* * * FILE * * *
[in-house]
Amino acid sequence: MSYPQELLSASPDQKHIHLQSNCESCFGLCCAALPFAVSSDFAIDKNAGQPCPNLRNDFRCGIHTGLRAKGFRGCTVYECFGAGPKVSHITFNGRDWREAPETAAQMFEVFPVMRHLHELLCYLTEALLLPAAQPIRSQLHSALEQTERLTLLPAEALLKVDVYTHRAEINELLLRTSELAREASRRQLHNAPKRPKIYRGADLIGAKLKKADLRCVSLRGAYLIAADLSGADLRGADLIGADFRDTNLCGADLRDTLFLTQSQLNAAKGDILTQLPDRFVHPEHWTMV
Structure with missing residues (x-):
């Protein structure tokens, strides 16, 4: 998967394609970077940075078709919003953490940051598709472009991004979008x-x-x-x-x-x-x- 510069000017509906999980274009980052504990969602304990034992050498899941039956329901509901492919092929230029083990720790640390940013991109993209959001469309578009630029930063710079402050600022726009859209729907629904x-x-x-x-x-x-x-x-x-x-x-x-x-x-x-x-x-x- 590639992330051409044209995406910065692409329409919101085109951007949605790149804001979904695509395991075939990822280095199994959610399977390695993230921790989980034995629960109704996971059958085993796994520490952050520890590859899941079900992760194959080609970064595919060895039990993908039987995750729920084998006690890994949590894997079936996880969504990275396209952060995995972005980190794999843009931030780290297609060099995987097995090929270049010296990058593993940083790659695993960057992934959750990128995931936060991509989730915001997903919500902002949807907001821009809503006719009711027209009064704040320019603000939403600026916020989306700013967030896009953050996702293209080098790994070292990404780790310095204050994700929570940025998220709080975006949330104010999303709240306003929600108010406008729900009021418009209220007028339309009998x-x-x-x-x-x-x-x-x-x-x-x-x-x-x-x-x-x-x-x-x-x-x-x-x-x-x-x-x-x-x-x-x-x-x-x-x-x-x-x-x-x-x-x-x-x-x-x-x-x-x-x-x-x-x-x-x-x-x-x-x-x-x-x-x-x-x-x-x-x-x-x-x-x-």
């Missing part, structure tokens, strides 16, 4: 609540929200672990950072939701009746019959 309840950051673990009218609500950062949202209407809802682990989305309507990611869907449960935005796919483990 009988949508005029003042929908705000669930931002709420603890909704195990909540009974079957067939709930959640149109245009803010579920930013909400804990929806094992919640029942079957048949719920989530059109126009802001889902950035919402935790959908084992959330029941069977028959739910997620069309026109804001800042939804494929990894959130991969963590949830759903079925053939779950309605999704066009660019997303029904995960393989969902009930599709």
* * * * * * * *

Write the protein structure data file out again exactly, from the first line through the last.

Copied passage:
[in-house]
Amino acid sequence: MSYPQELLSASPDQKHIHLQSNCESCFGLCCAALPFAVSSDFAIDKNAGQPCPNLRNDFRCGIHTGLRAKGFRGCTVYECFGAGPKVSHITFNGRDWREAPETAAQMFEVFPVMRHLHELLCYLTEALLLPAAQPIRSQLHSALEQTERLTLLPAEALLKVDVYTHRAEINELLLRTSELAREASRRQLHNAPKRPKIYRGADLIGAKLKKADLRCVSLRGAYLIAADLSGADLRGADLIGADFRDTNLCGADLRDTLFLTQSQLNAAKGDILTQLPDRFVHPEHWTMV
Structure with missing residues (x-):
């Protein structure tokens, strides 16, 4: 998967394609970077940075078709919003953490940051598709472009991004979008x-x-x-x-x-x-x- 510069000017509906999980274009980052504990969602304990034992050498899941039956329901509901492919092929230029083990720790640390940013991109993209959001469309578009630029930063710079402050600022726009859209729907629904x-x-x-x-x-x-x-x-x-x-x-x-x-x-x-x-x-x- 590639992330051409044209995406910065692409329409919101085109951007949605790149804001979904695509395991075939990822280095199994959610399977390695993230921790989980034995629960109704996971059958085993796994520490952050520890590859899941079900992760194959080609970064595919060895039990993908039987995750729920084998006690890994949590894997079936996880969504990275396209952060995995972005980190794999843009931030780290297609060099995987097995090929270049010296990058593993940083790659695993960057992934959750990128995931936060991509989730915001997903919500902002949807907001821009809503006719009711027209009064704040320019603000939403600026916020989306700013967030896009953050996702293209080098790994070292990404780790310095204050994700929570940025998220709080975006949330104010999303709240306003929600108010406008729900009021418009209220007028339309009998x-x-x-x-x-x-x-x-x-x-x-x-x-x-x-x-x-x-x-x-x-x-x-x-x-x-x-x-x-x-x-x-x-x-x-x-x-x-x-x-x-x-x-x-x-x-x-x-x-x-x-x-x-x-x-x-x-x-x-x-x-x-x-x-x-x-x-x-x-x-x-x-x-x-």
């Missing part, structure tokens, strides 16, 4: 609540929200672990950072939701009746019959 309840950051673990009218609500950062949202209407809802682990989305309507990611869907449960935005796919483990 009988949508005029003042929908705000669930931002709420603890909704195990909540009974079957067939709930959640149109245009803010579920930013909400804990929806094992919640029942079957048949719920989530059109126009802001889902950035919402935790959908084992959330029941069977028959739910997620069309026109804001800042939804494929990894959130991969963590949830759903079925053939779950309605999704066009660019997303029904995960393989969902009930599709």